The Fall Down Factor: what it is and how to prepare for it
In business, it’s a good idea to hope for the best but expect the worst.
Part of preparing for the worst is identifying and planning around Fall Down Factors.
What is a Fall Down Factor?
An unplanned event or circumstance that could cause you and your business to Fall Down. In other words, become unable to meet your obligations or carry on your business as usual.
One of the most common Fall Down Factors is an over-reliance on key team members.
Consider your practice for a moment.
Is there someone on your team who:
- Is the only person who knows how to perform certain tasks?
- Is the “go to person” who holds a lot of your business knowledge and practices in their head?
- Is the person that your clients/customers ask for or prefer to deal with?
Is that person YOU?
Eventually, this person will stop working in your business.
This might be a long-term temporary absence for health or personal reasons. Or they may quit or retire.
In the worst case, they will leave without any notice.
Without appropriate measures in place, their absence will cause a negative – even devastating – impact on your business.
You can avoid that fate by taking these measures:
1. Develop Standard Operating Procedures
Get the organizational knowledge out of their heads and into written or digital form.
Make notes and checklists about how to do things.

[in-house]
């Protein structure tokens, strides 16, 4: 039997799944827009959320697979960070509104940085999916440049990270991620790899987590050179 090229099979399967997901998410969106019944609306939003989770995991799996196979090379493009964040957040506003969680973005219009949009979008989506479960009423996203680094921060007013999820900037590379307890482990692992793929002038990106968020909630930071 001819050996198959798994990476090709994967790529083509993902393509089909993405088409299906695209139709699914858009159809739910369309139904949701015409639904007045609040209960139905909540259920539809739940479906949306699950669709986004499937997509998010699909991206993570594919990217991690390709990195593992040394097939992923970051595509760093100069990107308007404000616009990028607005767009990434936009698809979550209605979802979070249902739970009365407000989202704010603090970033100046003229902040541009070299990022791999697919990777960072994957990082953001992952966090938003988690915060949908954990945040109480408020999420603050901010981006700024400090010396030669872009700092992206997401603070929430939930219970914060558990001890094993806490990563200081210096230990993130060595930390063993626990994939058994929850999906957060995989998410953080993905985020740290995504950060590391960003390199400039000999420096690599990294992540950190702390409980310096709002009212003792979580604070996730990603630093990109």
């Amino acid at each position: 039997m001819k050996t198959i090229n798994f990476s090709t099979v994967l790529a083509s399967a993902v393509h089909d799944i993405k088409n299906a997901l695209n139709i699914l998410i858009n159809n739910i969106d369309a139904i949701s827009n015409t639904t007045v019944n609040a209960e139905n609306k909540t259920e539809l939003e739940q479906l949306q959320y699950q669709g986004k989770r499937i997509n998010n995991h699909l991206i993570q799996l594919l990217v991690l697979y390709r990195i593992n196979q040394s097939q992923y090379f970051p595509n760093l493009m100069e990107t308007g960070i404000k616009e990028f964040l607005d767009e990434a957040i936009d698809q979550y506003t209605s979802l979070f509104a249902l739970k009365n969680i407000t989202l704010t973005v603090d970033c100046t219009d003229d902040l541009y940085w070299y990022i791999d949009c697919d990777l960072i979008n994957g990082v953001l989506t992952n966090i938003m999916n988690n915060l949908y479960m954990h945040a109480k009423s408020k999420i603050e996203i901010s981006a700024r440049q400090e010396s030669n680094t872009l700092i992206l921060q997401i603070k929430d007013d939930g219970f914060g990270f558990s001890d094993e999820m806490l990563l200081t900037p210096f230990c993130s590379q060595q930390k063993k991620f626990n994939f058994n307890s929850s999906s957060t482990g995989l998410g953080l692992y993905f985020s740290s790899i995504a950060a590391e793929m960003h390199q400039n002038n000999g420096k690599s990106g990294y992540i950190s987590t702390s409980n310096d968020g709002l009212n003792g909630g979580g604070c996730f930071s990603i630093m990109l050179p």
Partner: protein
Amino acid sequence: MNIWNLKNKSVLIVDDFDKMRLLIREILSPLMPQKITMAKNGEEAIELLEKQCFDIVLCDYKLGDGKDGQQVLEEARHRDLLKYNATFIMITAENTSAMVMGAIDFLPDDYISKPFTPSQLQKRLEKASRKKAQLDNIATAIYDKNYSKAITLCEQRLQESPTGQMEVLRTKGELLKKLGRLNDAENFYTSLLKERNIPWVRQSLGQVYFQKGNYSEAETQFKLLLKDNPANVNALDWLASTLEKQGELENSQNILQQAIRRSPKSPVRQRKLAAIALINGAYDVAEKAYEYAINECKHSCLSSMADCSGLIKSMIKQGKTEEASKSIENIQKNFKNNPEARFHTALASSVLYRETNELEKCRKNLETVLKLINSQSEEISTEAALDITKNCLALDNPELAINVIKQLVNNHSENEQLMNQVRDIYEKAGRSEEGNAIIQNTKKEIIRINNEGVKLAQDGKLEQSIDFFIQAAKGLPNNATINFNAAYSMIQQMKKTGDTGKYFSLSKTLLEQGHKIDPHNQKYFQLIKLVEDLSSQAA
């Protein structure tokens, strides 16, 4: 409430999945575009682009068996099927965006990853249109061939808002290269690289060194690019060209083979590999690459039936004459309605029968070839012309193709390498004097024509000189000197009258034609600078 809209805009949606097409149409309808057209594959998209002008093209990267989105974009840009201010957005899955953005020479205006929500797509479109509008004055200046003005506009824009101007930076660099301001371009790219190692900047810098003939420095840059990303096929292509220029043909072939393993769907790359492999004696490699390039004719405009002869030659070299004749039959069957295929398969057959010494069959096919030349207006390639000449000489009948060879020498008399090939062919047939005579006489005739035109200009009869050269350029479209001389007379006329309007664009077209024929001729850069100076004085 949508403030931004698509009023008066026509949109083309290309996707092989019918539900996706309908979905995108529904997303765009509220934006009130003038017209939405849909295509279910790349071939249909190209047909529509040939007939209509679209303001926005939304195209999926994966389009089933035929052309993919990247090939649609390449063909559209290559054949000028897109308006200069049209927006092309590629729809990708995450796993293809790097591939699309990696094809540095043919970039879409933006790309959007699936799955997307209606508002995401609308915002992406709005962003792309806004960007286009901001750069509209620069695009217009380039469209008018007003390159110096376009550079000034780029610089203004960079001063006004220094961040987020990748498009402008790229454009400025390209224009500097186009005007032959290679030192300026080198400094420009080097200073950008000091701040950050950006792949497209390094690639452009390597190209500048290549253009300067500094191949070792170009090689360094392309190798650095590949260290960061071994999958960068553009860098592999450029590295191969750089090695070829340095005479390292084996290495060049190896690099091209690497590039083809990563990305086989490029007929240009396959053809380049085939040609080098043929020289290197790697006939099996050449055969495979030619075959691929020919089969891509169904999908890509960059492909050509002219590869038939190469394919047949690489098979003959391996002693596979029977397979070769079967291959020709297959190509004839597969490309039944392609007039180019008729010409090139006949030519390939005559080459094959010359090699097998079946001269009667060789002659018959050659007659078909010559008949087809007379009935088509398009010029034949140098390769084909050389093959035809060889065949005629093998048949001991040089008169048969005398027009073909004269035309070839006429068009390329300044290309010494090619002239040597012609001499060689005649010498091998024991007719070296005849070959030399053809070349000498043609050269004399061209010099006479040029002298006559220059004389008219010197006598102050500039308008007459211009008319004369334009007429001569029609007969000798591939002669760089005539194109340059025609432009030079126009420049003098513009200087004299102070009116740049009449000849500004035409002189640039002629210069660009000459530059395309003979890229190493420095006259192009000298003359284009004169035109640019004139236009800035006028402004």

Keep these up-to-date and easily accessible.
Not only will these be gold in the event of a Fall Down event – they’ll help you train new people faster and deliver more consistently.
2. Cross Train Your Staff
Cross training is essentially teaching your employees the skills they need to perform other roles within the company.
Beyond preparing for a crisis, cross training improves your business efficiency, increases productivity, and leads to more collaboration and synergy.
Cross training also delivers benefits to your employees.
It prevents boredom, makes them more “promotable” and provides the development opportunity that most quality employees look for from their employer.
3. Develop Next Generation Leaders
What would happen to your practice if you took 2 months off to go on an extended vacation?
In addition to cross training staff for operational skills, implement a program to identify and groom people who could run the place without you.
Building redundancies in your leadership ranks becomes more and more important as your practice grows.
Bonus: Consider Getting Key Person Insurance
Key Person Insurance is life or disability insurance that you carry on yourself as owner or on your hard-to-replace employee.
While insurance provides a financial buffer in the worst-case scenario, it doesn’t solve the dependency problem.
The better long-term option is to develop a business without this level of dependence on a single person.
When you have standard operating procedures, cross-trained staff, and a bench of backup leaders – someone else can step into any role on short notice and at least keep things going until you can find a permanent solution.
As with most preventative measures, you may be tempted to add this to your long list of things you “should do” where it will quickly be forgotten about.
The reality is that you will never magically have time to undertake projects like this in your business unless you make a commitment to dedicate time and energy to working “on” your business instead of in it.
If you’d like some support to fix your business so that you no longer want to run away from it, book a Freedom Session and I’ll show you the fastest and most direct way to get there.
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